The role of soil clays and clay-humic complexes in processes controlling colloidal stability and the sorption and degradation of tetracyclines
Dan B. Jaynes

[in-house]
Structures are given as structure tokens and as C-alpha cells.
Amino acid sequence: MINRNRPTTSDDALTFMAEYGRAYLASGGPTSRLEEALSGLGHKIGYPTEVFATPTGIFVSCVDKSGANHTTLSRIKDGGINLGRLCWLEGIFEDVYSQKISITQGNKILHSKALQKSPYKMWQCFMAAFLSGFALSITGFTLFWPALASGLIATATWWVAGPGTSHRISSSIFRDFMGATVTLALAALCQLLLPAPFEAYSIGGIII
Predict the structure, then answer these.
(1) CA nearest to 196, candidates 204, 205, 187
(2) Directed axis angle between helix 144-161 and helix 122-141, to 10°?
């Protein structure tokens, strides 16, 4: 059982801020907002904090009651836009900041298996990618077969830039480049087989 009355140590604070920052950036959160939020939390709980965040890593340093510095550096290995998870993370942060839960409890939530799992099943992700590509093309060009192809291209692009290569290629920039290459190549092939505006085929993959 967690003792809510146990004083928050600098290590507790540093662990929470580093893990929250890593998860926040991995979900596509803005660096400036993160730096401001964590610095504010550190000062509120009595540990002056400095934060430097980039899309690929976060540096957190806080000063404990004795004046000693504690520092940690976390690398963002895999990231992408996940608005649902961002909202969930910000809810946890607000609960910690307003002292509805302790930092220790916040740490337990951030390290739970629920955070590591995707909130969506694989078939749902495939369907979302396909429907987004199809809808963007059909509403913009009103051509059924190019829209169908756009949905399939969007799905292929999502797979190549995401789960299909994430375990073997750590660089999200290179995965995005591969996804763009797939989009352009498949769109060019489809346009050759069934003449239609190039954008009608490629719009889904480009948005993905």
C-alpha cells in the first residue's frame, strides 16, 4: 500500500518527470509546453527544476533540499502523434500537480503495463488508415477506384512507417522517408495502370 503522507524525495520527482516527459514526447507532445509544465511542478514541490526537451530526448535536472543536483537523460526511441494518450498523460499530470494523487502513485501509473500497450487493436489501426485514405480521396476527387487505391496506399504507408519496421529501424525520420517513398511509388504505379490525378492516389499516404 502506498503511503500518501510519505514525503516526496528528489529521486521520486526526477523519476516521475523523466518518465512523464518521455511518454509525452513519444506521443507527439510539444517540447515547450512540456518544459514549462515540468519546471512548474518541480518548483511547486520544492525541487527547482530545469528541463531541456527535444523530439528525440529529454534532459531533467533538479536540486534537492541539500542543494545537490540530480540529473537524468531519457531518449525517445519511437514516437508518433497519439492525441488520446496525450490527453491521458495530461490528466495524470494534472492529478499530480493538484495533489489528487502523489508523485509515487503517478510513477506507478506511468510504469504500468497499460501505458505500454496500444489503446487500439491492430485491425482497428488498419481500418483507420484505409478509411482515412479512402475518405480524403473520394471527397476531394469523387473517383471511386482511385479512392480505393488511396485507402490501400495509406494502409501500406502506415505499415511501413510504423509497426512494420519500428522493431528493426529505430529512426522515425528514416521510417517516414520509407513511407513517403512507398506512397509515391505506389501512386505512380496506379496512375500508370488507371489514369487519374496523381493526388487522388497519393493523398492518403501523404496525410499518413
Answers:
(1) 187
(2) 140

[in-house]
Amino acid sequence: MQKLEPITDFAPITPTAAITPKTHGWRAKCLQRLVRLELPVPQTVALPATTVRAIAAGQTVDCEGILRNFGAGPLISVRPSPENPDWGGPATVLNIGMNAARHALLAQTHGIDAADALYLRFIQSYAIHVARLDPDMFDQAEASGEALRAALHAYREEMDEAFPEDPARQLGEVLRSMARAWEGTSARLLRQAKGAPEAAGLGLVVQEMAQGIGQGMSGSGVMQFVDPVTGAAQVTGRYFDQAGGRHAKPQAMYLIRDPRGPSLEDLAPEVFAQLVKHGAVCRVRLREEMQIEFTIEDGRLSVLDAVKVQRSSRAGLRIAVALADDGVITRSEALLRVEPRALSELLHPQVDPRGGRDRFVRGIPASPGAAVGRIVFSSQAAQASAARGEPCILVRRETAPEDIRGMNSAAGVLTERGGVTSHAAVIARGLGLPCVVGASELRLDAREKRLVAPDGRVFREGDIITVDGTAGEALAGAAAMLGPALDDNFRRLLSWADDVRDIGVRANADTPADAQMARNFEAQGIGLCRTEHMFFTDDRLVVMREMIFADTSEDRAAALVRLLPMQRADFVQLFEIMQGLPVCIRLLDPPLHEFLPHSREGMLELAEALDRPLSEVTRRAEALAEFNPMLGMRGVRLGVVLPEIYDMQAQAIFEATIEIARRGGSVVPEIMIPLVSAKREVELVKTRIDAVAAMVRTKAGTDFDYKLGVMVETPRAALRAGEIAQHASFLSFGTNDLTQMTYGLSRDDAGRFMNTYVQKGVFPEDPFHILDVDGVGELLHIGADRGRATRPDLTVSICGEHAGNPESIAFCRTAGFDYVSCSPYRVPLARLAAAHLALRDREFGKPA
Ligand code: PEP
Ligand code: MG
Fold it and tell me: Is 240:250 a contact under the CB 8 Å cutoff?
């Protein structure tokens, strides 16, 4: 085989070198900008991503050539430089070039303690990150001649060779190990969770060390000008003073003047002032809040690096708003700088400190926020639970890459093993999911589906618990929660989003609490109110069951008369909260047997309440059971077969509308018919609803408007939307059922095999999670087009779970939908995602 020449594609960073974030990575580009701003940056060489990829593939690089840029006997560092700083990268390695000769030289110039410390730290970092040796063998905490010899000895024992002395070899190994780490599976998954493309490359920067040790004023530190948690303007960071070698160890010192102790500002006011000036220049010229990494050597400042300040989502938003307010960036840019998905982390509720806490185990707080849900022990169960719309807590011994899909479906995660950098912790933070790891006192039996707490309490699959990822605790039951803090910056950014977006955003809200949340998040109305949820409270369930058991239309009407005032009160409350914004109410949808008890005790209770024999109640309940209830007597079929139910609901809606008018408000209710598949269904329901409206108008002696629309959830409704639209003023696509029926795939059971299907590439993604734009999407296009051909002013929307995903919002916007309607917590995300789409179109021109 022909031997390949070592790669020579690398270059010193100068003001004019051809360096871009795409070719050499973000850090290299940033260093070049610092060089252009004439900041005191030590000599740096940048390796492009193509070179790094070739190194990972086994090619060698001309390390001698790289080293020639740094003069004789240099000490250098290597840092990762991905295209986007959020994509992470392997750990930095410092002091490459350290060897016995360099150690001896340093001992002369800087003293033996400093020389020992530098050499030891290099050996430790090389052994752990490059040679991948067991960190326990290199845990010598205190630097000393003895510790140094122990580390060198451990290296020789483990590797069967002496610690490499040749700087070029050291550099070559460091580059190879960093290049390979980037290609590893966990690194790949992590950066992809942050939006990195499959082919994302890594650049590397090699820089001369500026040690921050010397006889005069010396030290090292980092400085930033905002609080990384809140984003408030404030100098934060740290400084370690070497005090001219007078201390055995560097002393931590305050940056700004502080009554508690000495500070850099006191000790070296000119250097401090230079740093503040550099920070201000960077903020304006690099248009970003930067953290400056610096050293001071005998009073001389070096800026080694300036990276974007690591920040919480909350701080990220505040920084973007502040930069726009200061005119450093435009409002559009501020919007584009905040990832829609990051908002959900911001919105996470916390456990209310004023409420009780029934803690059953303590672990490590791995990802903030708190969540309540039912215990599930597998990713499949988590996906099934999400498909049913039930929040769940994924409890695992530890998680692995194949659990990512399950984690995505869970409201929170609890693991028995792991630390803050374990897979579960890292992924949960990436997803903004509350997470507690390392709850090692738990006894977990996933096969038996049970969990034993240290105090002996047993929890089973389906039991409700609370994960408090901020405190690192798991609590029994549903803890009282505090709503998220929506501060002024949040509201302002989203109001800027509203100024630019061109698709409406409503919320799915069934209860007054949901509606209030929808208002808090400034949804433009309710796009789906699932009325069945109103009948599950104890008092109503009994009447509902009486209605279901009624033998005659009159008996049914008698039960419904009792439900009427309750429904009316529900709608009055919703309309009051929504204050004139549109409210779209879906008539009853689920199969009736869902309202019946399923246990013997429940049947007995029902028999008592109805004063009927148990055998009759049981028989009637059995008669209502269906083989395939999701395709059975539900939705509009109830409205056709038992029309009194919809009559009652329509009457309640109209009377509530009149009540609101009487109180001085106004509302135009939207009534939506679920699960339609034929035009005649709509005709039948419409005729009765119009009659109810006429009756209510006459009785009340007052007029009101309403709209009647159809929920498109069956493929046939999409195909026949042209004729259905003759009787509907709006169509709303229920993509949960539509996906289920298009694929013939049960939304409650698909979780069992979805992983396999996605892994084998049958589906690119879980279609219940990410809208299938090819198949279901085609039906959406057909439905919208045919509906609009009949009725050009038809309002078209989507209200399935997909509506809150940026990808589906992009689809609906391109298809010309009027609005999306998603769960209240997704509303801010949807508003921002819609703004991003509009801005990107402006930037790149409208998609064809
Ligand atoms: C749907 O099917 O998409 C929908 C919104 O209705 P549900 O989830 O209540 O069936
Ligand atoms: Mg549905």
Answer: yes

The Derjaguin-Landau-Verwey-Overbeek theory has been extensively used to explain dispersion and flocculation in colloidal systems, however little is known about the effect of crystalline swelling on colloidal behavior. The first topic addressed in the dissertation is the effect of monovalent and divalent cations on crystalline swelling and the breakup and formation of quasicrystals (QCs) and how these processes affect flocculation and dispersion of natural soil clay-humic complexes. The results indicate that high Ca 2+, levels enhance the formation of large QCs, which readily flocculate and settle out of suspension. Increasing the concentration of Na+, K+, or NH4+ results in the breakup of large Ca-QCs, which enhances dispersion.;The second part of the dissertation addresses the influence of soil smectites and humic substances and their interactions on sorption and desorption of tetracyclines. Tetracyclines are important in human medicine and are also used extensively in livestock production. Chlortetracycline and tetracycline are routinely used for growth promoting and therapeutic purposes in livestock production. To elucidate the environmental fate of these pharmaceuticals, sorption isotherms were obtained using dilute CaCl2 or KCl background solutions at different pHs for clays, humic substances, and clay-humic complexes. In all systems, the soil components sorbed >96% of added tetracyclines. The results indicate that tetracyclines are dominantly sorbed on soil clays and that HS compete with tetracyclines for sorption sites on the clay surfaces.;The third topic addressed in the dissertation is degradation and bioavailability of TC when it is adsorbed to whole soils, soil clay-HC, and soil clays. Specifically studied was the degradation of TC in both aqueous and colloidal systems, the antimicrobial activity of sorbed TC, whether sorbed TC is a long-term reservoir for slow TC release, and the ability of TC resistant bacteria to degrade sorbed TC. Studies indicated that sorbed TC inhibits soil bacteria, however, most likely due to slow TC release from soil components. Most of the adsorbed TC was retained by the soil and soil components in a form that was not released during the 149-day incubation. This stable pool of adsorbed TC appeared to be primarily associated with organic matter and humic substances.